The placing of a webcam for viewing the new borne is seen as successful in promoting maternal bonding where parents are separated:

• Improves postpartum recuperation
• Decreases maternal anxiety/depression
• Improved reassurance
• Increased opportunities for family discussion
• Created a sense of involvement
• Fostered family tranquility

Webcams such as the Angel Eye webcam featured help anxious parents separated from their newborns and help reduce abuse:

• Premature and sick babies face a higher risk for child
abuse and pediatric depressive disorders vs. healthy
• Abuse is thought to stem from the failure to establish a
maternal-infant bond in the sensitive postpartum period
• Webcams allows remote viewing of NICU, enabling a
parent to be “virtually” present, which can reduce
parental anxiety and promote bonding

The presentation then reviewed several studies on Baby CareLink, one of the first parent and staff portals, which concluded that "families from populations that are considered vulnerable, have poorer health outcomes and consequently have more to gain, will use and benefit from collaborative
tools that keep them informed and involved in the care of their children" and another study that found:
• ...parents reported better communication, higher levels of satisfaction with care and tended to take their children home earlier
• Internet portals will be used by both Medicaid and non-Medicaid parents with children in NICUs to meet educational needs
• Suggests an unmet need with substantial clinical benefits if such collaborative technology could be widely deployed

The second half of the 84 slide presentation looked at the proliferation of social media and focuses on the explosion of Facebook groups, including many SickKids groups. The positives are seen to be:

• Efficient method to keep friends and family up dated with patient’s health and progress
• Receive encouragement and support
• Share personal experiences and disseminate beliefs
• Express gratitude towards providers and institution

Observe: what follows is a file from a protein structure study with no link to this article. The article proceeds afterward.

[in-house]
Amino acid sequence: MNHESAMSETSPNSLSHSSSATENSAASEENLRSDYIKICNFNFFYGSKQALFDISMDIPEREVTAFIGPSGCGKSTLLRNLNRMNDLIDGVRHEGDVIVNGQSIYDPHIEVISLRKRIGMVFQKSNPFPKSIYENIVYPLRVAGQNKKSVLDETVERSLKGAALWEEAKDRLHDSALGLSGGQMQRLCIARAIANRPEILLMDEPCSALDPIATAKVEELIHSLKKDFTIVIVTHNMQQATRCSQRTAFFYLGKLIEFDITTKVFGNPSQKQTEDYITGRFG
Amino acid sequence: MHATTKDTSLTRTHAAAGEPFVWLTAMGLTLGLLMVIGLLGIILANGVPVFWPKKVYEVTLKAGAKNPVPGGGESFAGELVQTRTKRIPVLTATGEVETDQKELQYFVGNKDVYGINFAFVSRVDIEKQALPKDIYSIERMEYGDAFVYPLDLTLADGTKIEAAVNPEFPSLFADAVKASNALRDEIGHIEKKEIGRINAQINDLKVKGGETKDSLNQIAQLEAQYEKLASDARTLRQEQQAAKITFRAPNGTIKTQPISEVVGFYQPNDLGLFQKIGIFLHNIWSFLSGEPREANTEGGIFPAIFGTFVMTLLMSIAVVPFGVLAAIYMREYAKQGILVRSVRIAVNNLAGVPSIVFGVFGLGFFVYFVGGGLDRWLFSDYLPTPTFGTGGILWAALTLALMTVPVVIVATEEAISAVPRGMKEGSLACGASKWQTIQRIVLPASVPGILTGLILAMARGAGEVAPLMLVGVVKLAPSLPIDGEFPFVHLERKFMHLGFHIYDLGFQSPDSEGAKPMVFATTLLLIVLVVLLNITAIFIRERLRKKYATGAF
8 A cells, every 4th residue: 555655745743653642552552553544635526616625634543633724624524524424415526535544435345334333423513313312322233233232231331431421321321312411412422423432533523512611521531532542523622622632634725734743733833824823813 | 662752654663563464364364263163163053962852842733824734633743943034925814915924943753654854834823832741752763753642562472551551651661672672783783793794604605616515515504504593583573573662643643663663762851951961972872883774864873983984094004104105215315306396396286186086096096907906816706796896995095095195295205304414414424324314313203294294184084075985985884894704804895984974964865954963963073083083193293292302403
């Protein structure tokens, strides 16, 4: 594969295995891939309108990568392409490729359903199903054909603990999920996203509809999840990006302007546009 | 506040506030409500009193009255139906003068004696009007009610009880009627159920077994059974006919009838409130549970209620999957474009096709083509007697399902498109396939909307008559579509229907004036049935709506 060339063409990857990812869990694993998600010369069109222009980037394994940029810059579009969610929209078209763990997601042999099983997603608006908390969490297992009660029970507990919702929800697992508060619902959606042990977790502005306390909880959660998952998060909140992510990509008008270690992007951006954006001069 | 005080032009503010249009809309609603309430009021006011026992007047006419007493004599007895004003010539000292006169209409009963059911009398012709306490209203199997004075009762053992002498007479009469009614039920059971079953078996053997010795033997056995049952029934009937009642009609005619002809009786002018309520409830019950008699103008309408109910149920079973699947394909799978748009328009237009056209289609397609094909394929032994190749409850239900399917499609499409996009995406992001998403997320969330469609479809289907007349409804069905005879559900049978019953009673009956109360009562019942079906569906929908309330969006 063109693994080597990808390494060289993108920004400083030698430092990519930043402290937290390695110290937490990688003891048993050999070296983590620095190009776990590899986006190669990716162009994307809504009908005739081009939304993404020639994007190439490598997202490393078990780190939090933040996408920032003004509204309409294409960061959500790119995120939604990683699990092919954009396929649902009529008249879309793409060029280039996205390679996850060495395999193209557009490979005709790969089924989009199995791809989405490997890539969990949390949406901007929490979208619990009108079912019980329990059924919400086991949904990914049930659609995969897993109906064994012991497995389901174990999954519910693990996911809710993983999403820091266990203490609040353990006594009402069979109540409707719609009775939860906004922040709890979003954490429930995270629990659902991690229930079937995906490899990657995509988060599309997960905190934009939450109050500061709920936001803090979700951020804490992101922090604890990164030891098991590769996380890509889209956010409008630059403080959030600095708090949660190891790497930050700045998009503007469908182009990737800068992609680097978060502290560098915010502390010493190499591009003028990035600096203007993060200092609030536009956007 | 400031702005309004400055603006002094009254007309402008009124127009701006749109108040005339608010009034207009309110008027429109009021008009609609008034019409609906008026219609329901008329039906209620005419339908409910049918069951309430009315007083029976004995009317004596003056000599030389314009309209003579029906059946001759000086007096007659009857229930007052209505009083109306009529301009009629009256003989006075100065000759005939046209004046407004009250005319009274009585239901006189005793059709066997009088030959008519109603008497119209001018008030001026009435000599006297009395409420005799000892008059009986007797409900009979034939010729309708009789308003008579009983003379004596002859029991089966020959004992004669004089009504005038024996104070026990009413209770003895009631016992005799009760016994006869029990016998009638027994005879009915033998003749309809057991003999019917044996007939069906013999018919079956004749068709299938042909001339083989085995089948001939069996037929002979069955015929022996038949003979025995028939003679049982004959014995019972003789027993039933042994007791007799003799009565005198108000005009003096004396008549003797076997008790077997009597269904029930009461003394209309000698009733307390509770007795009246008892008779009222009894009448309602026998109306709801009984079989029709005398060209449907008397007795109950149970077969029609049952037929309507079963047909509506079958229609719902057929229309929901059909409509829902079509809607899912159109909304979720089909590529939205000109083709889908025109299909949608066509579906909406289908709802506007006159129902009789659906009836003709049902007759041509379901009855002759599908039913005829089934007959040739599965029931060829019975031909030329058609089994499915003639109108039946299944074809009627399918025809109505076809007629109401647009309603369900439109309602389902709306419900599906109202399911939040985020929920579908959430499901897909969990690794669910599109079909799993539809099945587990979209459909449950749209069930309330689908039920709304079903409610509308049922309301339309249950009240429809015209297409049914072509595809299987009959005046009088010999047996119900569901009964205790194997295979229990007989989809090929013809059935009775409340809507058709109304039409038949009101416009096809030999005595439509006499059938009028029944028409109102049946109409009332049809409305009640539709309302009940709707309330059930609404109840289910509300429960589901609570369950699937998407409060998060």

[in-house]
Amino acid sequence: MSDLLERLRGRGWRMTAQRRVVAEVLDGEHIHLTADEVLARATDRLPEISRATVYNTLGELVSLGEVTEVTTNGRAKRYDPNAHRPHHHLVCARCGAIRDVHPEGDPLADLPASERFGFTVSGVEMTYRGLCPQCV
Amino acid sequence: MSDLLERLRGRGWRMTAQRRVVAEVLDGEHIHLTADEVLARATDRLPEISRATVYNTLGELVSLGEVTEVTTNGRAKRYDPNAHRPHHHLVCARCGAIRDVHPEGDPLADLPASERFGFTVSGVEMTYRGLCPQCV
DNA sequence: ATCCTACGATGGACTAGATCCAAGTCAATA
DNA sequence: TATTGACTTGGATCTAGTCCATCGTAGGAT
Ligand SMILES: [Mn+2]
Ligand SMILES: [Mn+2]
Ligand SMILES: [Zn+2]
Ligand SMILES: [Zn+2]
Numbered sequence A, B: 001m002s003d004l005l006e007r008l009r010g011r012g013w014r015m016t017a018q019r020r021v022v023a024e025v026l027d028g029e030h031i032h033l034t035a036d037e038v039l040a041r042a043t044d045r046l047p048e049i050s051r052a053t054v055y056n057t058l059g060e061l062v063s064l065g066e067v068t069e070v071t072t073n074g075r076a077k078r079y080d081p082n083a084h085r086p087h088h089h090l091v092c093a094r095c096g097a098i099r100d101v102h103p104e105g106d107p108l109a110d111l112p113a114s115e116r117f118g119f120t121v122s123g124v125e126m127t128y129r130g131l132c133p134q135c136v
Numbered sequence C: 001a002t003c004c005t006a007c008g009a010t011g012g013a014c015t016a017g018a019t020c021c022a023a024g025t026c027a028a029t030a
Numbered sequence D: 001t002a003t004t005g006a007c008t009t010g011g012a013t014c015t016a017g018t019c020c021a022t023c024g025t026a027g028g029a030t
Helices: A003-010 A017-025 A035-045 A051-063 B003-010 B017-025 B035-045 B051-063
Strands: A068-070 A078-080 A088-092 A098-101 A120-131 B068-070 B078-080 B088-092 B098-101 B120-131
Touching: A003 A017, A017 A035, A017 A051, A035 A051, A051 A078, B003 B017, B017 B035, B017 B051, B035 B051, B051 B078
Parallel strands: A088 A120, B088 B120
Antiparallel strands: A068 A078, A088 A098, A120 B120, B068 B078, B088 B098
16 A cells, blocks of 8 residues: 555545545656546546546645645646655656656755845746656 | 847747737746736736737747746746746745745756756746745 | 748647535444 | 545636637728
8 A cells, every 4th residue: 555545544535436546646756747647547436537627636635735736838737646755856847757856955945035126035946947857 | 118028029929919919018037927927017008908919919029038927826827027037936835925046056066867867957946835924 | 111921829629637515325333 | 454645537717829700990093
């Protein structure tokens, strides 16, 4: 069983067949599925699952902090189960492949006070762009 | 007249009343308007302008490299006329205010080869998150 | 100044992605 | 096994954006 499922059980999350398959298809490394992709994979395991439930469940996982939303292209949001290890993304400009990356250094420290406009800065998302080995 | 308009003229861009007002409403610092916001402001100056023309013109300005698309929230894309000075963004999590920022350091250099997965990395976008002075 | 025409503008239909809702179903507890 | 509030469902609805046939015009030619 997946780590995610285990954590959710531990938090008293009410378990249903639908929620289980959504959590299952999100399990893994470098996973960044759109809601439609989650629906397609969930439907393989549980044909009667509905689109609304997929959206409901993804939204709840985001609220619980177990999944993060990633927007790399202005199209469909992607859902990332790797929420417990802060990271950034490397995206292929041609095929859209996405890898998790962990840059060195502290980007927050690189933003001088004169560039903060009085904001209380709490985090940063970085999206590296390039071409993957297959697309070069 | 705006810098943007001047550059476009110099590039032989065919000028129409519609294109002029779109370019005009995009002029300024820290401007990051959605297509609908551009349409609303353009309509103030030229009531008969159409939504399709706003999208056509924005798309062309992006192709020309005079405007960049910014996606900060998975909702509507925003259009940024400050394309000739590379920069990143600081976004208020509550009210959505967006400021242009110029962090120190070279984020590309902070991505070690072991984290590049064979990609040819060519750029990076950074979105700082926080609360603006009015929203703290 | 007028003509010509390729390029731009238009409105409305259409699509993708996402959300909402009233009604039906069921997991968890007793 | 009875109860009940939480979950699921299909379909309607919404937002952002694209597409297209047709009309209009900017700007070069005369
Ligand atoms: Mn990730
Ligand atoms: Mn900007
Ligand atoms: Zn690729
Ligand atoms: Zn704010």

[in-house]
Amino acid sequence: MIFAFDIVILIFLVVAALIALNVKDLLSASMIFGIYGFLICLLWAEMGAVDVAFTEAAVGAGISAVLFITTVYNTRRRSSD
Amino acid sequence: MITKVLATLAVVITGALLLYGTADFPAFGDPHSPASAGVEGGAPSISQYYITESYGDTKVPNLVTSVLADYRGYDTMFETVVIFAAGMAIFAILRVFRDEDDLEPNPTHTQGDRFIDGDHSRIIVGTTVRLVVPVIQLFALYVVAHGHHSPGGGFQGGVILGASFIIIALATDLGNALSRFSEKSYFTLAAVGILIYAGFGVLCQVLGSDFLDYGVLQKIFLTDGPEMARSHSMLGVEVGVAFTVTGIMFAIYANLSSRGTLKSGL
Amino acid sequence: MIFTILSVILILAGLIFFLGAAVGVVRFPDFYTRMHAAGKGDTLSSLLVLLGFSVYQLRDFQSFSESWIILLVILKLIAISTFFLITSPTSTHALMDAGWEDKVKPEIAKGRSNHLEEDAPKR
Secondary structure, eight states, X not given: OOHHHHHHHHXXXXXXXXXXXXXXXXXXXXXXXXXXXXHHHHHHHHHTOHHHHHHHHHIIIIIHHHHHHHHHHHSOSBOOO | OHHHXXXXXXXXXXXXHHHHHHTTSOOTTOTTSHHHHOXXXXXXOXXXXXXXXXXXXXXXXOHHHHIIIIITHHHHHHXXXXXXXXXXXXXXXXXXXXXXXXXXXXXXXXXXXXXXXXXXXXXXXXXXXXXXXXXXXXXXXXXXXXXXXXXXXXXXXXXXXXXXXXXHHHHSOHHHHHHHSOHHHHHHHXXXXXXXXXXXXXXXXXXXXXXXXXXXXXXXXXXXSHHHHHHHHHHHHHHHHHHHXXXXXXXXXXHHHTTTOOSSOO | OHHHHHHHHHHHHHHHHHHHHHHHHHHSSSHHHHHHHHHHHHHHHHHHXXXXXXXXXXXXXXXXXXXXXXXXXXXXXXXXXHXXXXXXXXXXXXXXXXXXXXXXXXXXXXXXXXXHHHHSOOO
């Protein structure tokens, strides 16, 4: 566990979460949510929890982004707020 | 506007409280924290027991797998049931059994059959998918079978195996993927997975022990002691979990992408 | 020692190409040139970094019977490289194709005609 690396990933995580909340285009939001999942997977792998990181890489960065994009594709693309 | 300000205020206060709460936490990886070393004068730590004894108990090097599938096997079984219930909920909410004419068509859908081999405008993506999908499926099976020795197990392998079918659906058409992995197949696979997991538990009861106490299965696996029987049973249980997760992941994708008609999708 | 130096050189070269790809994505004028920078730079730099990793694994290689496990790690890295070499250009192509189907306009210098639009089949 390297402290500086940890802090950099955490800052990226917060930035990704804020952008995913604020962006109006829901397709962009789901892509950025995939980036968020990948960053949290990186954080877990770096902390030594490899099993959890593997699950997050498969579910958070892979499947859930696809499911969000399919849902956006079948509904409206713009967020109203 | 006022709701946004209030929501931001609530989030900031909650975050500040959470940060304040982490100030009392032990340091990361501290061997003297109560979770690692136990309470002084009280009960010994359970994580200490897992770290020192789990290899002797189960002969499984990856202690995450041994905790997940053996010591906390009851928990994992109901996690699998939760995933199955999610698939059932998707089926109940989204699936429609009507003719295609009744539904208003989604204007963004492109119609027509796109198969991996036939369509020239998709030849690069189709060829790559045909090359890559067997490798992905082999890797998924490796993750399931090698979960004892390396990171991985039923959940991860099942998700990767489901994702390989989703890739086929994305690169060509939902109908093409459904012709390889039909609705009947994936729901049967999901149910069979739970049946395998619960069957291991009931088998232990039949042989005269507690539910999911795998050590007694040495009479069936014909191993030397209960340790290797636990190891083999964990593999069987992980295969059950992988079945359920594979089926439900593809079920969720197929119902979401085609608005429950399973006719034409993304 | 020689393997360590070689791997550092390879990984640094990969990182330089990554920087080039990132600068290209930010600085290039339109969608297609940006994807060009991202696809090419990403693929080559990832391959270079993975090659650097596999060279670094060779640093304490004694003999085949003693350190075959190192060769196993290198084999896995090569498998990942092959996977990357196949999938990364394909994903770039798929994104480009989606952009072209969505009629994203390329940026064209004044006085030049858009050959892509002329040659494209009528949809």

The negatives are:

• Persistence: Ownership of information and data mining
• Searchability & Replicability
• Invisible audience & Disinhibition
• High levels of self disclosure

This section included graphic pictures of intubated and wired babies and concern about the appropriateness of families posting such images (Dr Mistry relayed that some parents on a SickKids facebook group asked other parents to take certain pictures down and they did).

Neonatology 2.0 concludes:

While gains in healthcare knowledge and medical technologies
have improved health outcomes, the effective use of information
technology holds the potential to further enhance care and meet the
information, communication and collaboration needs of our families
• Better outcomes, lower costs, and higher patient and provider
satisfaction will be the likely result
• Social Media are used regularly by patients, their families and
healthcare professionals and are here to stay
• There are many benefits to using Social Media to communicate, but
also inherent risks, that may not be as easily perceived
• Thus, we must be vigilant in reinforcing ethical principals and must
educate our patients and families to protect them from these risks
• We must also be mindful of our role as professionals and our responsibility to maintain appropriate boundaries

No comments:

Post a Comment